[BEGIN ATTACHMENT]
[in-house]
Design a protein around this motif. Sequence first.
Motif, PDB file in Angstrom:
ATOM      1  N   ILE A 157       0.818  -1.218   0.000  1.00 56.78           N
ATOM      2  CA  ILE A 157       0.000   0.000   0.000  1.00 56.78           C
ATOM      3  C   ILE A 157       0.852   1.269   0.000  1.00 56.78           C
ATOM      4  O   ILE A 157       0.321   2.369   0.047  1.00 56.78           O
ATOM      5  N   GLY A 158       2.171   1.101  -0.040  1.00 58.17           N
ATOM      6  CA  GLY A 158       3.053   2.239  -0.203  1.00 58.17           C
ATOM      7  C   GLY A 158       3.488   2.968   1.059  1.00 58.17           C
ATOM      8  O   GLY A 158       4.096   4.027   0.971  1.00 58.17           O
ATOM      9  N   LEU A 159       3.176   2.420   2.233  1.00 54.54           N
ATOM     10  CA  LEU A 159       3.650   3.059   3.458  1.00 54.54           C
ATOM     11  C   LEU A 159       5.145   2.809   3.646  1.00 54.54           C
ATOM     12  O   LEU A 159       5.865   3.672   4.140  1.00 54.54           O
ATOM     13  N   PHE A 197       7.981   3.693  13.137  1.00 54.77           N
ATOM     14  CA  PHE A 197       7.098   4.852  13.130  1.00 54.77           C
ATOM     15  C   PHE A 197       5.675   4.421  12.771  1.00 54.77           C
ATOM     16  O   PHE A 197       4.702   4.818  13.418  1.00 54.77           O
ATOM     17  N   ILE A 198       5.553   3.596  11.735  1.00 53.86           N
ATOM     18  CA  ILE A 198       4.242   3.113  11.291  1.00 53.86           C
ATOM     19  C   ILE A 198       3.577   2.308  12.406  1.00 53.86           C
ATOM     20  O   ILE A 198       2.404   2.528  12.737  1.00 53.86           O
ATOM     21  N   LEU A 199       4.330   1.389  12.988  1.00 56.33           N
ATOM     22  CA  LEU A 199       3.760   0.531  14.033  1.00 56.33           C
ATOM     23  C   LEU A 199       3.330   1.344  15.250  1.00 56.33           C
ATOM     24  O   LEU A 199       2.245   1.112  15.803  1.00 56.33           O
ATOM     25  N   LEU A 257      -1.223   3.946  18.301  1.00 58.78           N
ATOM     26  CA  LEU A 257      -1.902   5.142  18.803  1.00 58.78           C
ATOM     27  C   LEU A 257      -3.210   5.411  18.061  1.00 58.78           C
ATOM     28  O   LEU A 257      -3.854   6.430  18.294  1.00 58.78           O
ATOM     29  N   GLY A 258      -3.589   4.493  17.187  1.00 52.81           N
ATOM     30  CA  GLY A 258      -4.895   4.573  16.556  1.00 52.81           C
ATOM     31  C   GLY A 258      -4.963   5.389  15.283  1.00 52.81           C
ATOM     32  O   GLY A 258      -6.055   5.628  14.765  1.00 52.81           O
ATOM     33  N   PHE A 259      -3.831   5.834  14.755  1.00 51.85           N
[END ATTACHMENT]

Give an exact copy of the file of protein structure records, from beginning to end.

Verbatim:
[in-house]
Design a protein around this motif. Sequence first.
Motif, PDB file in Angstrom:
ATOM      1  N   ILE A 157       0.818  -1.218   0.000  1.00 56.78           N
ATOM      2  CA  ILE A 157       0.000   0.000   0.000  1.00 56.78           C
ATOM      3  C   ILE A 157       0.852   1.269   0.000  1.00 56.78           C
ATOM      4  O   ILE A 157       0.321   2.369   0.047  1.00 56.78           O
ATOM      5  N   GLY A 158       2.171   1.101  -0.040  1.00 58.17           N
ATOM      6  CA  GLY A 158       3.053   2.239  -0.203  1.00 58.17           C
ATOM      7  C   GLY A 158       3.488   2.968   1.059  1.00 58.17           C
ATOM      8  O   GLY A 158       4.096   4.027   0.971  1.00 58.17           O
ATOM      9  N   LEU A 159       3.176   2.420   2.233  1.00 54.54           N
ATOM     10  CA  LEU A 159       3.650   3.059   3.458  1.00 54.54           C
ATOM     11  C   LEU A 159       5.145   2.809   3.646  1.00 54.54           C
ATOM     12  O   LEU A 159       5.865   3.672   4.140  1.00 54.54           O
ATOM     13  N   PHE A 197       7.981   3.693  13.137  1.00 54.77           N
ATOM     14  CA  PHE A 197       7.098   4.852  13.130  1.00 54.77           C
ATOM     15  C   PHE A 197       5.675   4.421  12.771  1.00 54.77           C
ATOM     16  O   PHE A 197       4.702   4.818  13.418  1.00 54.77           O
ATOM     17  N   ILE A 198       5.553   3.596  11.735  1.00 53.86           N
ATOM     18  CA  ILE A 198       4.242   3.113  11.291  1.00 53.86           C
ATOM     19  C   ILE A 198       3.577   2.308  12.406  1.00 53.86           C
ATOM     20  O   ILE A 198       2.404   2.528  12.737  1.00 53.86           O
ATOM     21  N   LEU A 199       4.330   1.389  12.988  1.00 56.33           N
ATOM     22  CA  LEU A 199       3.760   0.531  14.033  1.00 56.33           C
ATOM     23  C   LEU A 199       3.330   1.344  15.250  1.00 56.33           C
ATOM     24  O   LEU A 199       2.245   1.112  15.803  1.00 56.33           O
ATOM     25  N   LEU A 257      -1.223   3.946  18.301  1.00 58.78           N
ATOM     26  CA  LEU A 257      -1.902   5.142  18.803  1.00 58.78           C
ATOM     27  C   LEU A 257      -3.210   5.411  18.061  1.00 58.78           C
ATOM     28  O   LEU A 257      -3.854   6.430  18.294  1.00 58.78           O
ATOM     29  N   GLY A 258      -3.589   4.493  17.187  1.00 52.81           N
ATOM     30  CA  GLY A 258      -4.895   4.573  16.556  1.00 52.81           C
ATOM     31  C   GLY A 258      -4.963   5.389  15.283  1.00 52.81           C
ATOM     32  O   GLY A 258      -6.055   5.628  14.765  1.00 52.81           O
ATOM     33  N   PHE A 259      -3.831   5.834  14.755  1.00 51.85           N